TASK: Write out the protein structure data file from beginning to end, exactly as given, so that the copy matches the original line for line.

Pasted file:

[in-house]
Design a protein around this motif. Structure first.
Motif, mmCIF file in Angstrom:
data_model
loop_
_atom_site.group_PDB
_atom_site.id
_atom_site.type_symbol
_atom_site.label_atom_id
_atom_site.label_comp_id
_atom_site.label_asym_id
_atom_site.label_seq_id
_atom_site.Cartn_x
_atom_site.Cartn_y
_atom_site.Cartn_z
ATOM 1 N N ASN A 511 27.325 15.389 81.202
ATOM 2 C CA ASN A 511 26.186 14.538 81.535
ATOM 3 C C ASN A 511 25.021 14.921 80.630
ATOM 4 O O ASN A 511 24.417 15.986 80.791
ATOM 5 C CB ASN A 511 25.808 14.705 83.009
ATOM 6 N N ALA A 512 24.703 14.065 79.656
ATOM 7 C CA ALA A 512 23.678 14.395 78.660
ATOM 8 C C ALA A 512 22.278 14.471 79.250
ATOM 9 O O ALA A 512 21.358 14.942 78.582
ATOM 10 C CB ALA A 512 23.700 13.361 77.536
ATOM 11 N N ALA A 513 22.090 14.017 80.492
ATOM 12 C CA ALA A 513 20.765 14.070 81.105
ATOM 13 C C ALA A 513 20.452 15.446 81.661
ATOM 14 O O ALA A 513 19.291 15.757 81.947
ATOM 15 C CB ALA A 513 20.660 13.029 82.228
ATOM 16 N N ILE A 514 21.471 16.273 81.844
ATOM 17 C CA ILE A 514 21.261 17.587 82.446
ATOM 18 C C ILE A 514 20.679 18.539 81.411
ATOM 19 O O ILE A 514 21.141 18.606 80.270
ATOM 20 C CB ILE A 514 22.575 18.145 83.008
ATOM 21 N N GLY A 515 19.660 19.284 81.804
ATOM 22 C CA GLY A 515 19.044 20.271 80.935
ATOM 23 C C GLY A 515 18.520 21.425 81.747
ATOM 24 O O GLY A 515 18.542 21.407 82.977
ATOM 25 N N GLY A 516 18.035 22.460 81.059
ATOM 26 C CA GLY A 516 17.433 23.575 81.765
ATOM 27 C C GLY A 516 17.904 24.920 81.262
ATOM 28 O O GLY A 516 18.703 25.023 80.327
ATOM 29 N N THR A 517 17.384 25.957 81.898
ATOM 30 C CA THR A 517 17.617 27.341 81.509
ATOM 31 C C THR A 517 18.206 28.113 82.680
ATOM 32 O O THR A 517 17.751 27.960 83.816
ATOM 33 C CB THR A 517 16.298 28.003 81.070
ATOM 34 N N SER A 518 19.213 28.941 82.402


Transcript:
[in-house]
Design a protein around this motif. Structure first.
Motif, mmCIF file in Angstrom:
data_model
loop_
_atom_site.group_PDB
_atom_site.id
_atom_site.type_symbol
_atom_site.label_atom_id
_atom_site.label_comp_id
_atom_site.label_asym_id
_atom_site.label_seq_id
_atom_site.Cartn_x
_atom_site.Cartn_y
_atom_site.Cartn_z
ATOM 1 N N ASN A 511 27.325 15.389 81.202
ATOM 2 C CA ASN A 511 26.186 14.538 81.535
ATOM 3 C C ASN A 511 25.021 14.921 80.630
ATOM 4 O O ASN A 511 24.417 15.986 80.791
ATOM 5 C CB ASN A 511 25.808 14.705 83.009
ATOM 6 N N ALA A 512 24.703 14.065 79.656
ATOM 7 C CA ALA A 512 23.678 14.395 78.660
ATOM 8 C C ALA A 512 22.278 14.471 79.250
ATOM 9 O O ALA A 512 21.358 14.942 78.582
ATOM 10 C CB ALA A 512 23.700 13.361 77.536
ATOM 11 N N ALA A 513 22.090 14.017 80.492
ATOM 12 C CA ALA A 513 20.765 14.070 81.105
ATOM 13 C C ALA A 513 20.452 15.446 81.661
ATOM 14 O O ALA A 513 19.291 15.757 81.947
ATOM 15 C CB ALA A 513 20.660 13.029 82.228
ATOM 16 N N ILE A 514 21.471 16.273 81.844
ATOM 17 C CA ILE A 514 21.261 17.587 82.446
ATOM 18 C C ILE A 514 20.679 18.539 81.411
ATOM 19 O O ILE A 514 21.141 18.606 80.270
ATOM 20 C CB ILE A 514 22.575 18.145 83.008
ATOM 21 N N GLY A 515 19.660 19.284 81.804
ATOM 22 C CA GLY A 515 19.044 20.271 80.935
ATOM 23 C C GLY A 515 18.520 21.425 81.747
ATOM 24 O O GLY A 515 18.542 21.407 82.977
ATOM 25 N N GLY A 516 18.035 22.460 81.059
ATOM 26 C CA GLY A 516 17.433 23.575 81.765
ATOM 27 C C GLY A 516 17.904 24.920 81.262
ATOM 28 O O GLY A 516 18.703 25.023 80.327
ATOM 29 N N THR A 517 17.384 25.957 81.898
ATOM 30 C CA THR A 517 17.617 27.341 81.509
ATOM 31 C C THR A 517 18.206 28.113 82.680
ATOM 32 O O THR A 517 17.751 27.960 83.816
ATOM 33 C CB THR A 517 16.298 28.003 81.070
ATOM 34 N N SER A 518 19.213 28.941 82.402